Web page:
Subsequent to this, Dilip Chakma, a human rights lawyer with the Indigenous Rights Advocacy Centre, referenced the stark increase in crimes against Adivasis in recent years, whether in the form of custodial deaths (numbering seven or eight in the last nine months), forced evictions, or – through an intersectional lens – crimes against women and children. He also highlighted the significant problem of the targeting of human rights defenders who work towards furthering the rights of the Adivasis, and lamented the lack of specific data collection regarding such acts on the part of the Government.
The next speaker, José Francisco Calí Tzay, the United Nations Special Rapporteur on the Rights of Indigenous Peoples, put forth valuable insights into the rise of authoritarianism against the backdrop of the coronavirus pandemic and its implications on increased control over Adivasi rights, and also referenced his own report on the rights of indigenous peoples in the specific context of urban areas.
This was followed by insights from Aida Martirous-Nejad, of the United Nations Office of the High Commissioner for Human Rights at Geneva, who extended the discussion to the topics of contentious legislation, such as draft legislation in Lakshadweep, among other things, that threatens the right to ownership of land among tribal communities, and the provisions of the draft Environmental Impact Assessment notifications and their implications on indigenous communities, expressing concern regarding the same and highlighting the plight of Adivasis even in modern India. She also highlighted the universal lack of recognition of tribal rights in India, and the concerns that exist in connection with the loss of affirmative action rights of Adivasi communities upon converting their religion.
Finally, Alviina Alametsa, Member of the European Parliament and Rapporteur on European Union [EU]-India relations, shared her thoughts on the problem of displacement of Adivasi communities due to development projects, and offered recommendations such as the extension of the EU-India Human Rights Dialogue and the granting of rights to Adivasis under the Indian Forest Act.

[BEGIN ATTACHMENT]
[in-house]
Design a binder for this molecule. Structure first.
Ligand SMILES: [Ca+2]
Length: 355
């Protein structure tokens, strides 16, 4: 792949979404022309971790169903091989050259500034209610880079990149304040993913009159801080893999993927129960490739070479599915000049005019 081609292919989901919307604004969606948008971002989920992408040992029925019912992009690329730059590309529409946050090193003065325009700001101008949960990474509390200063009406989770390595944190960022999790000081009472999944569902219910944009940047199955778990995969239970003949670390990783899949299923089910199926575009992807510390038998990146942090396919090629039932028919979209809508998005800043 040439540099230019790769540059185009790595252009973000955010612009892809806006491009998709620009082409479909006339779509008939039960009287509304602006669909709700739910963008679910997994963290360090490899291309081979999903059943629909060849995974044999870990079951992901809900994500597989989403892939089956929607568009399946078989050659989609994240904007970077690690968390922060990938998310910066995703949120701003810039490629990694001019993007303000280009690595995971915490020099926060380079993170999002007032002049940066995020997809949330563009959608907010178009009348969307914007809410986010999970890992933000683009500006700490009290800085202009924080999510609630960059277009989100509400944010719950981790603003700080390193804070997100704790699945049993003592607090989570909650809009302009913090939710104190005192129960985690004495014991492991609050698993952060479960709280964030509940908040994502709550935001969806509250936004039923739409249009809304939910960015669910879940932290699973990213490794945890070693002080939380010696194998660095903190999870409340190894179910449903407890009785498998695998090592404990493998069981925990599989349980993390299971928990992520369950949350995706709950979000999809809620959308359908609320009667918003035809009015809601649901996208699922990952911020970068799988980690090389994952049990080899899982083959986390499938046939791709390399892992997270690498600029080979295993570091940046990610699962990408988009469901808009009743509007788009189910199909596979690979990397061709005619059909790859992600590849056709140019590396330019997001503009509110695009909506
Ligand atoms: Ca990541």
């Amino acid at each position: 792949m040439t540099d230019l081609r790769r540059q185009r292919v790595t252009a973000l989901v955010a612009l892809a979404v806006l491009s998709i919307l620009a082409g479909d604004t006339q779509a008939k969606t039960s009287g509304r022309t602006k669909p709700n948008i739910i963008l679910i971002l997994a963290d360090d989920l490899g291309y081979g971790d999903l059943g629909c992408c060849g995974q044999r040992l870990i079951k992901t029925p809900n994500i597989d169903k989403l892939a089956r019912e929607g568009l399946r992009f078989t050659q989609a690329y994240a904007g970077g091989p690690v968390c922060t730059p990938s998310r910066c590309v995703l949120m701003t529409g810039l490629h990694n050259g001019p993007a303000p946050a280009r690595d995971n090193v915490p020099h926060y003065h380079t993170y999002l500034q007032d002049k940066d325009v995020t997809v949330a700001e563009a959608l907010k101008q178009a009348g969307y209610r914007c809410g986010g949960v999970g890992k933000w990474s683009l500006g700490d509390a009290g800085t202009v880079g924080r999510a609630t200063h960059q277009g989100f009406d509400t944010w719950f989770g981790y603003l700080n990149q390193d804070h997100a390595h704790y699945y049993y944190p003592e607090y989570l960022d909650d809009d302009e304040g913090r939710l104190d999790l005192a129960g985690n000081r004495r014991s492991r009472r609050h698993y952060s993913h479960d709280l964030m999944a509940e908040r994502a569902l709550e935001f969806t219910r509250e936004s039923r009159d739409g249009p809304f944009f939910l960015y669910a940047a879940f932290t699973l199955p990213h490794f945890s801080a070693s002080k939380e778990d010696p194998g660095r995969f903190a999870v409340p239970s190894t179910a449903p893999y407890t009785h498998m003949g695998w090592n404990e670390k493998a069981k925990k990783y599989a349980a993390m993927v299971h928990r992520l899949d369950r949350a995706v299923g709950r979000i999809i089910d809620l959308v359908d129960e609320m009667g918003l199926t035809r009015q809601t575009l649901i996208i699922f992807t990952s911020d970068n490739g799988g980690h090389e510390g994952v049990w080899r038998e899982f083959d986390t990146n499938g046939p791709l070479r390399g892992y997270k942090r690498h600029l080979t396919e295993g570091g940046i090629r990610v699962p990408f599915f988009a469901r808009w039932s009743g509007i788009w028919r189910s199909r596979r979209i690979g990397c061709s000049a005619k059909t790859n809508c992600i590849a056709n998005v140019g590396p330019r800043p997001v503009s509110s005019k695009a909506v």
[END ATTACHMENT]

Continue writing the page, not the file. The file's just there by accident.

This was followed by a brief question and answer session that clarified the panellists’ views, and concluding remarks by Carling.
The condition of Adivasis and their relationship with contemporary Indian legal and administrative structures is unquestionably reprehensible. The criminalisation of identities, and of the very existence of these communities is something that, as each of the panellists consistently pointed out, has persisted over the decades, long after the fall of colonial rule and the establishment of modern Indian democracy along the stated lines of Constitutional values. The IPRI report deftly covers these concepts and provides a great foundation, as mentioned by Justice Prakash, upon which lawyers and lawmakers could build in furtherance of a more inclusive society.
Click here to view the IPRI report titled ‘Criminalistation of Adivasis and the Indian Legal System’, and here to view an executive summary of the report.